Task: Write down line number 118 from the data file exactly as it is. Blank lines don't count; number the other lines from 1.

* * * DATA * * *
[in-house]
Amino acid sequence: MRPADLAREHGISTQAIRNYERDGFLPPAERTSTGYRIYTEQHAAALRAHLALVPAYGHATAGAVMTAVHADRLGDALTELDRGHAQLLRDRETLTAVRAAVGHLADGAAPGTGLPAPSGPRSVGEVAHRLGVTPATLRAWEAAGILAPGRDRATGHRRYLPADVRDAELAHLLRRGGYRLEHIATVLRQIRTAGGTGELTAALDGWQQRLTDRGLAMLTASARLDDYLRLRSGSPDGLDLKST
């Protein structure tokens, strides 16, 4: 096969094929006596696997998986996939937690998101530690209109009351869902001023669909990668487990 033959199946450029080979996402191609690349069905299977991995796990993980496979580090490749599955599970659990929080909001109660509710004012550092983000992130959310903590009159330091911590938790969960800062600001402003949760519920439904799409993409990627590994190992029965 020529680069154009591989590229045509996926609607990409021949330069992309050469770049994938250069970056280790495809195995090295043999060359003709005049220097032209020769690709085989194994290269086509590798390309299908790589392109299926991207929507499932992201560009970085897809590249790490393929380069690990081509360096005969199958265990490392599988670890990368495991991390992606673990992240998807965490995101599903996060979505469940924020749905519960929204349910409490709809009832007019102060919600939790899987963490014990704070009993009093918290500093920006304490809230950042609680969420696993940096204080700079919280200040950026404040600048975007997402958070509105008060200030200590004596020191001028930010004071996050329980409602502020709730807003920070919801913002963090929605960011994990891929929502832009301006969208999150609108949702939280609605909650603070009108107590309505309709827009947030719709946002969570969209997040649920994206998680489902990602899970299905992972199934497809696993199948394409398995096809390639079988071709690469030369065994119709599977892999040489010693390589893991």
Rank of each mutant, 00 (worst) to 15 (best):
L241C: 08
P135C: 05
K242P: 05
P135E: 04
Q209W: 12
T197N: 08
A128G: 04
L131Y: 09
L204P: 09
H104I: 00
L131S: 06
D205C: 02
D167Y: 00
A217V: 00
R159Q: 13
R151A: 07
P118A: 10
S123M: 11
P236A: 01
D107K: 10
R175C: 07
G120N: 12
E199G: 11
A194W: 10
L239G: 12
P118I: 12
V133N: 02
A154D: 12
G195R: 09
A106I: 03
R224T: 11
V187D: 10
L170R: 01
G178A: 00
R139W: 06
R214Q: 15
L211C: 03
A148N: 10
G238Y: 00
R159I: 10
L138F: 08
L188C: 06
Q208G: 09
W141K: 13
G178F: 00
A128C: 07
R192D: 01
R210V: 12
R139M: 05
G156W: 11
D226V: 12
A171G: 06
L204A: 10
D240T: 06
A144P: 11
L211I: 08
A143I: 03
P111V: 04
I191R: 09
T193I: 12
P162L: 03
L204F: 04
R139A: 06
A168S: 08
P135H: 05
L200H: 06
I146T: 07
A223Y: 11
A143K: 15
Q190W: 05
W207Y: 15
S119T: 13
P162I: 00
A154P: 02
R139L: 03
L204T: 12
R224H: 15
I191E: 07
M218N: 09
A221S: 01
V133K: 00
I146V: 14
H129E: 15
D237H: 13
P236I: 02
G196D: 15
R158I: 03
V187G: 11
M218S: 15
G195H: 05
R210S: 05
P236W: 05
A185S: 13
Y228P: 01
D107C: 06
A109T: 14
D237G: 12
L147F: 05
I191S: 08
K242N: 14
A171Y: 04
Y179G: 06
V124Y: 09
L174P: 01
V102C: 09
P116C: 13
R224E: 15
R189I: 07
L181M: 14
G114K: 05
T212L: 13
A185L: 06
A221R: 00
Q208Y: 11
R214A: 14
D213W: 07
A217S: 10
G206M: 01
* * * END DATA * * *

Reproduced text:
Q208Y: 11